The GDPR allows individuals to request that their information be deleted in the following situations:[1]

  • Organizations must delete data upon request if the data was processed based solely on consent. The GDPR recognizes that organizations may process data based on six alternate lawful grounds.[2] One of these is where a person has given

The right of correction (sometimes called the “right of rectification”) refers to a person’s ability to request that an organization fix any inaccuracies in the personal data it holds about them.[1] Correction is sometimes referred to as an absolute right in the context of the GDPR, because unlike some other rights conferred by the

The right to access refers to a person’s ability to request that a controller confirms whether it has personal data about them and to receive information about the processing and a copy of that information. While the GDPR confers a right of access, this right predates the GDPR and can be found within other EU

Not necessarily. 

Under the GDPR, controllers are required to provide information relating to what personal data they process, and how that processing takes place. 

If the personal data the organization includes in AI prompts has been collected directly from individuals, those individuals should be provided with a copy of the organization’s privacy notice “at the

Under the GDPR, controllers are required to provide individuals with information relating to what personal data is processed, and how that processing takes place. Some supervisory authorities have specifically taken the position that organizations which use personal data to train an artificial intelligence (AI) must draft and publish a privacy notice that provides “data subjects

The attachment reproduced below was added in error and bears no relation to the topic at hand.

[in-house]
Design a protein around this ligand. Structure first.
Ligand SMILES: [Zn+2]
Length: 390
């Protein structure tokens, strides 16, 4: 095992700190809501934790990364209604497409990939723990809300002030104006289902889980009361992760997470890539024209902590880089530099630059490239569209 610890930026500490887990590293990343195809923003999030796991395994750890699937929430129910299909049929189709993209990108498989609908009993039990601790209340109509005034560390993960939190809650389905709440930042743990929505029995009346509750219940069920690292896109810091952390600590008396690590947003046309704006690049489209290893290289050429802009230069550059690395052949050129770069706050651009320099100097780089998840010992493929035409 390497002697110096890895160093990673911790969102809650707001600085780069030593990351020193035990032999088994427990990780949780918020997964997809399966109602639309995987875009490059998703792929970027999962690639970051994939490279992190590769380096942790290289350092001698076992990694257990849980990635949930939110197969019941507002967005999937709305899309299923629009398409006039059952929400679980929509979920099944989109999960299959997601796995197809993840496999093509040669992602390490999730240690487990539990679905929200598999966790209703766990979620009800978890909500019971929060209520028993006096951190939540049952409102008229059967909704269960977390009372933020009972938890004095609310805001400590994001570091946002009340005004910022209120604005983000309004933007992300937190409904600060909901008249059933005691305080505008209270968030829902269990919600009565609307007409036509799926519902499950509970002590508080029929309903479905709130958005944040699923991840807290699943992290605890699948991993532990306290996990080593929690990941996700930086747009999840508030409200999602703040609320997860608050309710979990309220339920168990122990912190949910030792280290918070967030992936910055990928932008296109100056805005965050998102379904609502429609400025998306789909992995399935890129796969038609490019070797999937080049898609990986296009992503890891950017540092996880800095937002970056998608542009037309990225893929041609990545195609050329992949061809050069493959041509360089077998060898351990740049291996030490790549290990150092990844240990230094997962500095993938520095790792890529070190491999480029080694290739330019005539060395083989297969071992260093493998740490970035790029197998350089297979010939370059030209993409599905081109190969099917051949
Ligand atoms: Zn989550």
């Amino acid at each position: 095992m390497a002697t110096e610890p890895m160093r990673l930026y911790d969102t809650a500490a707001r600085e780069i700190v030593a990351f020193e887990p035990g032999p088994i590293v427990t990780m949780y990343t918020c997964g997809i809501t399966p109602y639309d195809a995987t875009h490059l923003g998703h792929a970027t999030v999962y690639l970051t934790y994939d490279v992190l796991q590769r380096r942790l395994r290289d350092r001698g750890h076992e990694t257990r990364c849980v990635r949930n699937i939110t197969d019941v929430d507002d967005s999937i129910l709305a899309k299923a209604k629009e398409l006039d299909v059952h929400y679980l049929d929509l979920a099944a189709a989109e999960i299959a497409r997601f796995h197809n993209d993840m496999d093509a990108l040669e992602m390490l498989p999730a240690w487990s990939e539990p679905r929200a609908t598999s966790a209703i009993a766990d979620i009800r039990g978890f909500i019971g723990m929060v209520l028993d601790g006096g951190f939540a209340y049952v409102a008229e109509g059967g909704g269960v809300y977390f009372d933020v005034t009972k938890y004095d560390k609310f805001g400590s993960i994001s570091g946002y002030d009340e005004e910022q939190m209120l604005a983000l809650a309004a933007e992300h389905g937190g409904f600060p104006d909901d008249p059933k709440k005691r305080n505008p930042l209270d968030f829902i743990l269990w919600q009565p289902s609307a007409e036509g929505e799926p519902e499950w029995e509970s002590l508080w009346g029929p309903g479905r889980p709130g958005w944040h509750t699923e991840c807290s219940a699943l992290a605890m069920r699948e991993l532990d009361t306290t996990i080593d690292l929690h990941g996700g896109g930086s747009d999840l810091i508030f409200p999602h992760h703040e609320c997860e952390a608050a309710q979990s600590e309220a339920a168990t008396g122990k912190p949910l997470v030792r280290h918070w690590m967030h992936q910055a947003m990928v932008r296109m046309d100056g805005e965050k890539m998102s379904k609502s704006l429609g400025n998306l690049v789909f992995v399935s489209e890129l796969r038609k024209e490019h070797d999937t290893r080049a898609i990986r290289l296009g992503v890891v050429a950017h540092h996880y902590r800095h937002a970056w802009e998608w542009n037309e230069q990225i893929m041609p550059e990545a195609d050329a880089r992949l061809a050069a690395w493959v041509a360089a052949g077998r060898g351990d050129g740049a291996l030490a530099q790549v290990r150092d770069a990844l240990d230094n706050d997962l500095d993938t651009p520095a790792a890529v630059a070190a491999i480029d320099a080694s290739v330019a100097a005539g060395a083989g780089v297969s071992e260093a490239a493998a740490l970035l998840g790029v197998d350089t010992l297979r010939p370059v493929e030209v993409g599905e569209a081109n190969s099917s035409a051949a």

Data is typically needed to train and fine-tune modern artificial intelligence (AI) models. AI can use data—including personal information—to recognize patterns and predict results.

The GDPR permits controllers to process personal information if one (or more) of the following six lawful processing purposes applies:[1]

  1. Consent. A company may process personal information if it collects

Join Greenberg Traurig attorneys and in-house counsel Sept. 20, 2023, for a day of CLE panels and lectures focused on the latest risks companies should focus on. Each session will present practical guidance on cutting-edge issues to help counsel materially reduce risk right now, while discussing what’s next. This in-person summit will address a

When Implementing New Privacy Requirements, Don’t Forget User Perception

Recent events involving famous podcaster and comedian Joe Rogan and fitness device company Polar are a lesson in the delicate balancing act businesses face between privacy compliance and a positive user experience.

Joe Rogan screengrab of Polar Private Notice and Temporary Account Lock

A Backdrop of New Privacy Norms

Considering new and stringent privacy regulations, companies are

Most modern U.S. state data privacy laws exempt from their definition of personal information “publicly available information.” What constitutes publicly available information differs between state privacy laws and may not correlate to the lay definition understood by many businesses and individuals. For example, while some businesses may consider information that is available on the internet